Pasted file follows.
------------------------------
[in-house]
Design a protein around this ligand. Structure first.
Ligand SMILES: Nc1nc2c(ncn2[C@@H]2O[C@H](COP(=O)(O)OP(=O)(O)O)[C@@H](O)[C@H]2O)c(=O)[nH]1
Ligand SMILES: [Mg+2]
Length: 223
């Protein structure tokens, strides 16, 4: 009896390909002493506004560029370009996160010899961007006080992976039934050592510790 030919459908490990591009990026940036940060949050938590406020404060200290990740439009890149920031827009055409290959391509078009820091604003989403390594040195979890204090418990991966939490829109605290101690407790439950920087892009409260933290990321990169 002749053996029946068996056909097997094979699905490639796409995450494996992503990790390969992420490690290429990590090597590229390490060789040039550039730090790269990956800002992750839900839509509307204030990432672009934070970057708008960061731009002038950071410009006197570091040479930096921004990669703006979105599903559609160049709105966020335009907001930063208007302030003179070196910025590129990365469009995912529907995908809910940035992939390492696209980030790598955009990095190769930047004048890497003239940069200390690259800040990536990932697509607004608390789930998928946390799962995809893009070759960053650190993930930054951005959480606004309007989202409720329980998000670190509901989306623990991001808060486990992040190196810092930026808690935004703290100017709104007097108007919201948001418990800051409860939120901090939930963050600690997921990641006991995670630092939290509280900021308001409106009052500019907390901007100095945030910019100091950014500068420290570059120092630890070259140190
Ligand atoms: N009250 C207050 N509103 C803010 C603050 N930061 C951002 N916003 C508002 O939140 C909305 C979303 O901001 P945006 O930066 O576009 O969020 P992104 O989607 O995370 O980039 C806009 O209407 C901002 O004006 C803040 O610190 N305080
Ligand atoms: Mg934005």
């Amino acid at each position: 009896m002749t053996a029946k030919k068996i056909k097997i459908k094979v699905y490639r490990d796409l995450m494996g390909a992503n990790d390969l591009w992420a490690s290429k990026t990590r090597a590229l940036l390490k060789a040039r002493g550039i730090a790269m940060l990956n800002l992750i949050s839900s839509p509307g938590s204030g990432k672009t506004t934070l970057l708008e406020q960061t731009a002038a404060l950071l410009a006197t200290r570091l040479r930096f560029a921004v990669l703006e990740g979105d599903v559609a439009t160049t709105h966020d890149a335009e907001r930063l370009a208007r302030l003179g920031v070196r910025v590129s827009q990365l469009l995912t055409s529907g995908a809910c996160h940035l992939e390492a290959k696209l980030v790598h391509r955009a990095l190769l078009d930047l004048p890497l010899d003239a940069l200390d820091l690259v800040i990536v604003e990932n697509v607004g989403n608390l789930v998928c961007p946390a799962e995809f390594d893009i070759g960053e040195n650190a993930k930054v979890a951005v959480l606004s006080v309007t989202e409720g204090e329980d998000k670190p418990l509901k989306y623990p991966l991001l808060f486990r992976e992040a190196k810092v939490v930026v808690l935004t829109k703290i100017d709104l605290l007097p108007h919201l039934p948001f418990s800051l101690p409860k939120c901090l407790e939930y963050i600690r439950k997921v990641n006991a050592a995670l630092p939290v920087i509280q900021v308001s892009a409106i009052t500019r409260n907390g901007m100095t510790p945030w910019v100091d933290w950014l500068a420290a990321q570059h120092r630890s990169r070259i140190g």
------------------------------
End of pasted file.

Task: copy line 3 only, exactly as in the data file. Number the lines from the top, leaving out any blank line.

Ligand SMILES: Nc1nc2c(ncn2[C@@H]2O[C@H](COP(=O)(O)OP(=O)(O)O)[C@@H](O)[C@H]2O)c(=O)[nH]1